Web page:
Misty Morning Colors

I love misty mornings when colors are soft and hazy. In my watercolor studies, that’s the effect I’ve been learning to create. Some efforts have been better than others, but gradually I’m moving closer to my style, closer to creating the gentle images I love.

As you can tell, I’m working mostly with a palette of light blues, pinks, and grays. I’m focusing on skies, wanting to create a misty look. To me, that means letting the watercolors do whatever they please — within reason — so there are a lot of blooms. On one of these, I did go in after the paint was dry to add a bit of ink, just to see how it might look. I wasn’t happy with it, so I haven’t tried that again.

I’ve enjoyed painting with these colors, but now I think I’m ready to make a few changes. Doing this little series of “Misty Morning” watercolors has taught me a lot, so I’m looking forward to bringing more autumn colors into my palette and painting a few fall morning scenes.

Thanks for letting me share my artwork with you!



    1. Thanks so much. I loved playing with these colors. Now as autumn comes, I’m going to change my palette to reflect the new season. I think I’ll enjoy painting with autumn colors.


    1. Thank you! I’m using very inexpensive materials. These paintings were all done in a “Mixed Media” sketchbook by Art Street. I found it, I believe, in the children’s art section at Walmart. The manufacturer is Pacon Creative Products. I love their drawing papers for practice, so I was happy to find this “cheap” mixed media book. The paints are from a set of Crayola watercolors — again from the children’s art section at Walmart. Since I don’t do much with watercolor, I’m hesitant to invest in high-quality paints and papers, especially when I’m just playing around to try different things. I really do like the Crayola watercolor set, and I’ve heard other artists say the same thing. For cheap paints, they’re very nice. There’s a post on the site called “Paint Promenade”, and it has a link to the Crayola set if you want more information about it.

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      1. Ah, okay, thank you! I’ll probably do the same thing. I’m trying out watercolor pencil crayons first and hoping it works out as I’ve tried watercolours before and I could never get the hang of it (but to be honest I also didn’t put in the time). I’ll look up Paint Promenade. Thanks Judith!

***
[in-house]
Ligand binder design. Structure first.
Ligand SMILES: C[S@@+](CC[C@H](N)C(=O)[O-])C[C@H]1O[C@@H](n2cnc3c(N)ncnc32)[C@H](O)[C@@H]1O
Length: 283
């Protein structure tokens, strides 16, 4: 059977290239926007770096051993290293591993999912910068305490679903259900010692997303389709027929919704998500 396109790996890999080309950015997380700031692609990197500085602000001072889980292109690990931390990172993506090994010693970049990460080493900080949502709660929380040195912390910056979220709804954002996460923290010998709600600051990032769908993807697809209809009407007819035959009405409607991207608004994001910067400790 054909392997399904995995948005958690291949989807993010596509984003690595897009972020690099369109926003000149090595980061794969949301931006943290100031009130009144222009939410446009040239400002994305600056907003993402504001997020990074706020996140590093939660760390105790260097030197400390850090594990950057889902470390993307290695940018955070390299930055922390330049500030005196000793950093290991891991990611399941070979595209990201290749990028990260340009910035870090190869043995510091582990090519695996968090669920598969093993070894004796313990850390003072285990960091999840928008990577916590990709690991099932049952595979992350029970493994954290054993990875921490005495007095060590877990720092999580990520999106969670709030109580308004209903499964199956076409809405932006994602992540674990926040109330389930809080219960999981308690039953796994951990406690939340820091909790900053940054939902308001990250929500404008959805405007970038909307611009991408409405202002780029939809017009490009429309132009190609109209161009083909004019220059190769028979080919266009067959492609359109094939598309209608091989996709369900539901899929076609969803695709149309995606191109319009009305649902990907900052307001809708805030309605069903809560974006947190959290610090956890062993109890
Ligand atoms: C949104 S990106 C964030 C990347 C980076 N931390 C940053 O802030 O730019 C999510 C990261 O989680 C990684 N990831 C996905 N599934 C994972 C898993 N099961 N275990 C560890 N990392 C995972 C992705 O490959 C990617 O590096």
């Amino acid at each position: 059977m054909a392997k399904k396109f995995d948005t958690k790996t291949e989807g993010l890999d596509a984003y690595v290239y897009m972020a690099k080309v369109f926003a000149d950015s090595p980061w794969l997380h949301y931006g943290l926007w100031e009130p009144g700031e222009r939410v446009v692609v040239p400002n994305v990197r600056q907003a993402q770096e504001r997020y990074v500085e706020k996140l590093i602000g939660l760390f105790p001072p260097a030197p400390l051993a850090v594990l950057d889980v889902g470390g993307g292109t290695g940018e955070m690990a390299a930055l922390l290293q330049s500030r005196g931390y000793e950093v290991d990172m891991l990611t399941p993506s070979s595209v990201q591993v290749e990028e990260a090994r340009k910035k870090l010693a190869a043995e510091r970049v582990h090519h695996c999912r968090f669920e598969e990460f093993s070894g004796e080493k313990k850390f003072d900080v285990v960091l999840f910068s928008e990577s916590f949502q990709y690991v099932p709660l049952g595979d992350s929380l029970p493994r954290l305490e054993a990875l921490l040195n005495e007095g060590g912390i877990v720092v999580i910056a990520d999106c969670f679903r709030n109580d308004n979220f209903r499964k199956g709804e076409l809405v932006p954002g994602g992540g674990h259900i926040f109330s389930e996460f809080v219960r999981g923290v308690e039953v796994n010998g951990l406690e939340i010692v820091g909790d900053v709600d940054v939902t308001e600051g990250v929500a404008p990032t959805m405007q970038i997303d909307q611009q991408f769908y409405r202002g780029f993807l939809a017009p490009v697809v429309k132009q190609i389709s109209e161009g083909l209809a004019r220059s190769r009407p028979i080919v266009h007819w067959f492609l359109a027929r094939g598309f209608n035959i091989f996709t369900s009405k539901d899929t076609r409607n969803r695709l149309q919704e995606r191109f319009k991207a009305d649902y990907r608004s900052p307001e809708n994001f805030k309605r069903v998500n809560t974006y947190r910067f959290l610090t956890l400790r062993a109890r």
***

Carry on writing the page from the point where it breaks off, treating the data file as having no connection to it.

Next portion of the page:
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      2. Watercolor is hard! I’m not good at it, but I’m having fun playing with it. It’s really helped me loosen up, and it’s helped me develop a better overall attitude toward art. Doing watercolor has helped me find a sense of freedom and creativity that was missing from my art before. And with “cheap” supplies — I feel a lot more adventurous, more willing to try different things.

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  1. These are lovely, Judith. šŸ™‚ I love landscapes that spin a little imaginative color and form into the realism, so watercolours plus mist plus pastels is a very effective combination to create a dreamy landscape. It’s a reminder that I need to keep pushing my own boundaries where a little imagination can turn landscapes into something extraordinary.

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    1. Thanks. For me, that’s what watercolor has become… not an “art medium” but more a chance to play with colors and imagination. I let the colors do their own thing with very little guidance or direction from me. If it looks good, great. Not so good? Oh, well. It’s nice to just put paint on the page and not be concerned with results. I enjoyed the soft colors I used in this series of paintings, and I’m looking forward to making a few changes in my palette now to reflect the change of seasons.

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